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  • Kwolf12 commented on marcus2015's instructable Make your own lye

    Nifty, LeNeveu2. Could you go into a short bit of detail on how you do that and where the wood-ash lye comes into it? I produce a lot of acorn flour, so I end up with huge amounts of tannin and a boiled concentrate does a great deal of the treatment on my hides. But I'm curious about other ways people tan their hides.

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  • I like these things. I've made them and used them for cooking out in the woods. Keep the lid and flatten it back down, then punch a hole in the center big enough for the wick, and place that on top with the wick poking out. That way, you can reduce the amount of flame and it makes a more efficient cooking device or a longer-lasting light source.

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  • Kwolf12 commented on ehudwill's instructable Solar Oven Mark II

    Great job and great explanations! Thank you, I'll be looking at this as one of the parts of the one I'm planning to make. By the way, the solution to your in-between-box insulation is PERLITE. Doesn't hold heat, but it's awesome insulation that takes far greater heat than you'll generate--thousand degrees F or higher. It's 90 degrees outside and I am NOT going to turn our oven on if I can avoid it, so this is how I'm hoping to get our pizzas cooked!

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  • Kwolf12 commented on Boreal House's instructable Harvesting Birch Bark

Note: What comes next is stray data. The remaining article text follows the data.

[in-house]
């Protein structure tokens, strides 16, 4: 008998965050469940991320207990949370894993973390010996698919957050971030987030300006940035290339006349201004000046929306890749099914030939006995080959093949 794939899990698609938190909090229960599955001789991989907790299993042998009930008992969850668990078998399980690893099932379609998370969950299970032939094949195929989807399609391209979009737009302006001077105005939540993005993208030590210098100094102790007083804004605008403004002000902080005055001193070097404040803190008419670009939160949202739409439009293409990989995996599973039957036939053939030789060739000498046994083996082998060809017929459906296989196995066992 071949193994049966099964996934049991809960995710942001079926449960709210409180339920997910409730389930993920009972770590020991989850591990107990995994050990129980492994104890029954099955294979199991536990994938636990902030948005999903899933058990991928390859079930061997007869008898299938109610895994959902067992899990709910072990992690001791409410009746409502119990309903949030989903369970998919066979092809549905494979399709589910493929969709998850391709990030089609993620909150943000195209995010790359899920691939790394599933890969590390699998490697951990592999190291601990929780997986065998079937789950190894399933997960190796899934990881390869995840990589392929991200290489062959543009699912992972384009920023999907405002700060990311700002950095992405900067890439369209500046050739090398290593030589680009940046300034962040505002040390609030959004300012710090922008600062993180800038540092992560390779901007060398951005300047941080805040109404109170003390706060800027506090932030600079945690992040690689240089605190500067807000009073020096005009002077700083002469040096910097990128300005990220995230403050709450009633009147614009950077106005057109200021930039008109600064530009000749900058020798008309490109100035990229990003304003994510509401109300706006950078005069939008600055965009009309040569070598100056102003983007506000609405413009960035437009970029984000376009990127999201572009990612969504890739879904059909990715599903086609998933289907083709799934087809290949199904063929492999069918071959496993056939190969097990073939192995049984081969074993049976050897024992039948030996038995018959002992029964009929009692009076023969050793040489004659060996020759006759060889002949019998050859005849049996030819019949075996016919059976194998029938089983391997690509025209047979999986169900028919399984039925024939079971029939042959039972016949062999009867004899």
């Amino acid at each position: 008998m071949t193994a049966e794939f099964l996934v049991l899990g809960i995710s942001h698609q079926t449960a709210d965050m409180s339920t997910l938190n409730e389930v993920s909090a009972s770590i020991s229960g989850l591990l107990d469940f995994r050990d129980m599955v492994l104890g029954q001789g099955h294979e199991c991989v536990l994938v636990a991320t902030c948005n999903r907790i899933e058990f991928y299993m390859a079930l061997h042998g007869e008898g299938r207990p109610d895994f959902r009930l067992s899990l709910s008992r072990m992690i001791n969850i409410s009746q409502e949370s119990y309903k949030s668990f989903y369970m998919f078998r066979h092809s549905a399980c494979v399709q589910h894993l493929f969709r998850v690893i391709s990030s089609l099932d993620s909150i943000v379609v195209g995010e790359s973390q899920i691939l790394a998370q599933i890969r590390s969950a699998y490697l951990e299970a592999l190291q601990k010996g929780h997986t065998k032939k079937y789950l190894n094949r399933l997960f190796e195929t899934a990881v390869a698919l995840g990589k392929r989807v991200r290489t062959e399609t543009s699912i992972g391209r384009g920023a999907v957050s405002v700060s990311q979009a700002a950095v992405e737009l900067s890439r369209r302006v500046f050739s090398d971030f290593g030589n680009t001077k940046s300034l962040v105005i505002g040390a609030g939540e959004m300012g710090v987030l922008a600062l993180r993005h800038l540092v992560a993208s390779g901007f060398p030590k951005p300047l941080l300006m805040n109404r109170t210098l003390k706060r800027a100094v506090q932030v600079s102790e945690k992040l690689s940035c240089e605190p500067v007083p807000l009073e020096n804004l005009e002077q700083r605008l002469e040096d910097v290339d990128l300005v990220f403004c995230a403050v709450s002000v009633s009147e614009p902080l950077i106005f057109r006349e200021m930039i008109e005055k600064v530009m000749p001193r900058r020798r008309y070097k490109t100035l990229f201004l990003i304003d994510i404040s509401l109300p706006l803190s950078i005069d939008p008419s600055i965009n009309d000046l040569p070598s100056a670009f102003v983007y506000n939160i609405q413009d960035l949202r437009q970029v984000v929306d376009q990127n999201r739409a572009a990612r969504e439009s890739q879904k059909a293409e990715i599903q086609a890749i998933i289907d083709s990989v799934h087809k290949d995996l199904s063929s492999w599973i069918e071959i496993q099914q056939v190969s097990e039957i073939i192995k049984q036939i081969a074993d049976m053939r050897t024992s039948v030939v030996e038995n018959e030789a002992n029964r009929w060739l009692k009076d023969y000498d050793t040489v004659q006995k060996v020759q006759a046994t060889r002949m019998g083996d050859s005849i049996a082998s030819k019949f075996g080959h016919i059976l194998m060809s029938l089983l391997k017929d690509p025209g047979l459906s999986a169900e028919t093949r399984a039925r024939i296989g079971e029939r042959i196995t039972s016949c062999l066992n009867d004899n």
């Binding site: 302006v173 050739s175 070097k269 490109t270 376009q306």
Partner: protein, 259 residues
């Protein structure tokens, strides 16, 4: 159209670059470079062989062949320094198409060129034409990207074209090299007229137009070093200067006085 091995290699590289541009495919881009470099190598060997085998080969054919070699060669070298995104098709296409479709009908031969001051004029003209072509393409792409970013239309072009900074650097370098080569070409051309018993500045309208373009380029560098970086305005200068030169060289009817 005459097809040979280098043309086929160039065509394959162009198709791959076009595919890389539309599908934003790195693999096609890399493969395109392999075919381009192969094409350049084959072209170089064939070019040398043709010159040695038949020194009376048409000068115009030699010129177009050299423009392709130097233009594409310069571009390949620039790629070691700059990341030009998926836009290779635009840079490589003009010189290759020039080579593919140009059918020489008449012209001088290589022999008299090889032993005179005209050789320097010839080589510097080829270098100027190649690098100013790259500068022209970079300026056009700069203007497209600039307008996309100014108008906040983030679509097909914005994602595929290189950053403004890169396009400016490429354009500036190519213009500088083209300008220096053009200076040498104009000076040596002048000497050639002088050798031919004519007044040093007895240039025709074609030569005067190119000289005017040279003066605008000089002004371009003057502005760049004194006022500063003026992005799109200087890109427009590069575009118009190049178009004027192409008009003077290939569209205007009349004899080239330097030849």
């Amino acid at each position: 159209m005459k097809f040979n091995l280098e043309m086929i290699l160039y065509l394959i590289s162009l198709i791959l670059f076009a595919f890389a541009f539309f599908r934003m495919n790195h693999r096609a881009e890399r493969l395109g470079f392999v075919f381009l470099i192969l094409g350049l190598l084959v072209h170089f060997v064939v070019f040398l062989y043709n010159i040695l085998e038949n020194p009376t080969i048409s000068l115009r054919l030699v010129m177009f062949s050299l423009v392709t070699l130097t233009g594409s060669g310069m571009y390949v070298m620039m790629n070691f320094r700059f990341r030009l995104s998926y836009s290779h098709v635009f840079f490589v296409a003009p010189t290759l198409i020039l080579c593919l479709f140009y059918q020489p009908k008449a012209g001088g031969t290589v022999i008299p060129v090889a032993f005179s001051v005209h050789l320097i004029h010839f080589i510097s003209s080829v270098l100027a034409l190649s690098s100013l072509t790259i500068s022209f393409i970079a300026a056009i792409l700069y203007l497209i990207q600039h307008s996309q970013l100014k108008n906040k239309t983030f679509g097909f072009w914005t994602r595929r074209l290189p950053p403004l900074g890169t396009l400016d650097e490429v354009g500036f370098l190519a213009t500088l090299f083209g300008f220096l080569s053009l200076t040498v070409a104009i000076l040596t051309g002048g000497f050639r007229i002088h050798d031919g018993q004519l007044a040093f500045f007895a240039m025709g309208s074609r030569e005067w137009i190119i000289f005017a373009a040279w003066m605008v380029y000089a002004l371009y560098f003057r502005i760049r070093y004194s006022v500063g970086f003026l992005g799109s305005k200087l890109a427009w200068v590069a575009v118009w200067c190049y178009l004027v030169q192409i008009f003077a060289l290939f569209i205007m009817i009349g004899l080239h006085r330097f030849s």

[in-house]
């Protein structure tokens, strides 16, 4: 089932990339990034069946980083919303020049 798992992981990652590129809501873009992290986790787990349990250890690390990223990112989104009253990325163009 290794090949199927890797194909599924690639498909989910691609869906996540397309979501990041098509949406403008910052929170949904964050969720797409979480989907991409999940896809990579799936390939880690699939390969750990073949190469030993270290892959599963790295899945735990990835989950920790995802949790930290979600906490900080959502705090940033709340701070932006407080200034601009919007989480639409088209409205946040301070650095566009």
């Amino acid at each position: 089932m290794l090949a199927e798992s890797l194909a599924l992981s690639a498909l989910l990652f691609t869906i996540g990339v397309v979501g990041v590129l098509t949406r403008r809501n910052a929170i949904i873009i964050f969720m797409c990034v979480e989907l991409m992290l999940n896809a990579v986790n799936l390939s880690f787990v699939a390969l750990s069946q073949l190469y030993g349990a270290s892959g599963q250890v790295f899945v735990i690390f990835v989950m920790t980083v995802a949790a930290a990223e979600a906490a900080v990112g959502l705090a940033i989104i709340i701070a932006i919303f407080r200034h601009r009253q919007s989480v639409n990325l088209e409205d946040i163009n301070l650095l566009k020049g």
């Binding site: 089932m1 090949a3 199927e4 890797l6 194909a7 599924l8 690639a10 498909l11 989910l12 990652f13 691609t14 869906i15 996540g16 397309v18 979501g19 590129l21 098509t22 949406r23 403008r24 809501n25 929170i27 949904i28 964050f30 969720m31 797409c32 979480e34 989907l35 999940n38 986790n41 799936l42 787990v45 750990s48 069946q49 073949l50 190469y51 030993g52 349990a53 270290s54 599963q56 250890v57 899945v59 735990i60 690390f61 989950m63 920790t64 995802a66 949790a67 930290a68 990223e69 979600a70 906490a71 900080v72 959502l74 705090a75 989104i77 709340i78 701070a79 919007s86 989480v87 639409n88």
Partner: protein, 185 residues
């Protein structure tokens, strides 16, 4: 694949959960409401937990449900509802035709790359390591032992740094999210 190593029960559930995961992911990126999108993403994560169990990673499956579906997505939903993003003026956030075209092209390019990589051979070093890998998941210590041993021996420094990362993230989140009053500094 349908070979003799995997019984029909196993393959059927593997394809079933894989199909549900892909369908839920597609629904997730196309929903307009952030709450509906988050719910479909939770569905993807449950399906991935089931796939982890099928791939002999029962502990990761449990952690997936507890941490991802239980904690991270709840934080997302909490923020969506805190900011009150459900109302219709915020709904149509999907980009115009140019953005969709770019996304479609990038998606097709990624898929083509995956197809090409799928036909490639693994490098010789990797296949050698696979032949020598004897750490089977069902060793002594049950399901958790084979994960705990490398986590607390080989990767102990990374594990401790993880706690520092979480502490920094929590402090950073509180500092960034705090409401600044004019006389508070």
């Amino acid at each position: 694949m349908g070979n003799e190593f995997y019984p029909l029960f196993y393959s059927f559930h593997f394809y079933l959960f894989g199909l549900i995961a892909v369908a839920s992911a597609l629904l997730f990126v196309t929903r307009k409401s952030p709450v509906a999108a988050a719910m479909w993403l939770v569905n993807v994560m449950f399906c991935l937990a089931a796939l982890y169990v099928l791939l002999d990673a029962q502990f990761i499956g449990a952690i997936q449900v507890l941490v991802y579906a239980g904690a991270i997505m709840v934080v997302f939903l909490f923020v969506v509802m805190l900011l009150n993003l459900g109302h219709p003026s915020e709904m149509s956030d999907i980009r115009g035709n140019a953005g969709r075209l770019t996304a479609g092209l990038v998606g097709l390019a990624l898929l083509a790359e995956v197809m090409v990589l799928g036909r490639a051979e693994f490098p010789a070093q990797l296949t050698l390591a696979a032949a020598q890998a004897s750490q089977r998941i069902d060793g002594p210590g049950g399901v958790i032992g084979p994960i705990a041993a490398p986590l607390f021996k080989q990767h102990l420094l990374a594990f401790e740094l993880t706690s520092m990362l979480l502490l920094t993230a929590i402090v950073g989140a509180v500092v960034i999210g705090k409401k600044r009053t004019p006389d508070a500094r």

We're experiencing a terrible infestation of emerald ash borer here in Madison, Wisconsin, so the City Forestry has to go around and cut down many, many street trees. I've just discovered the ability to peel off the cambium with a knife and some string! Yah-hoo! Ash trees, since they're not a sustainable material for bark-harvest, aren't typically used in bark crafts, but I figured I'd see what I can make. Why not? Poor trees are dead, might as well not waste the materials. Of course, I will bake the finished product in a dry heat to be SURE there are no ash-borer eggs or larva still hanging around! Now I'm trying to figure out how to get the cambium separated from the bark--it's a very fibrous and flexible layer, so I'm thinking it would make a good craft material. Anyone have an…

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    We're experiencing a terrible infestation of emerald ash borer here in Madison, Wisconsin, so the City Forestry has to go around and cut down many, many street trees. I've just discovered the ability to peel off the cambium with a knife and some string! Yah-hoo! Ash trees, since they're not a sustainable material for bark-harvest, aren't typically used in bark crafts, but I figured I'd see what I can make. Why not? Poor trees are dead, might as well not waste the materials. Of course, I will bake the finished product in a dry heat to be SURE there are no ash-borer eggs or larva still hanging around! Now I'm trying to figure out how to get the cambium separated from the bark--it's a very fibrous and flexible layer, so I'm thinking it would make a good craft material. Anyone have any ideas about that?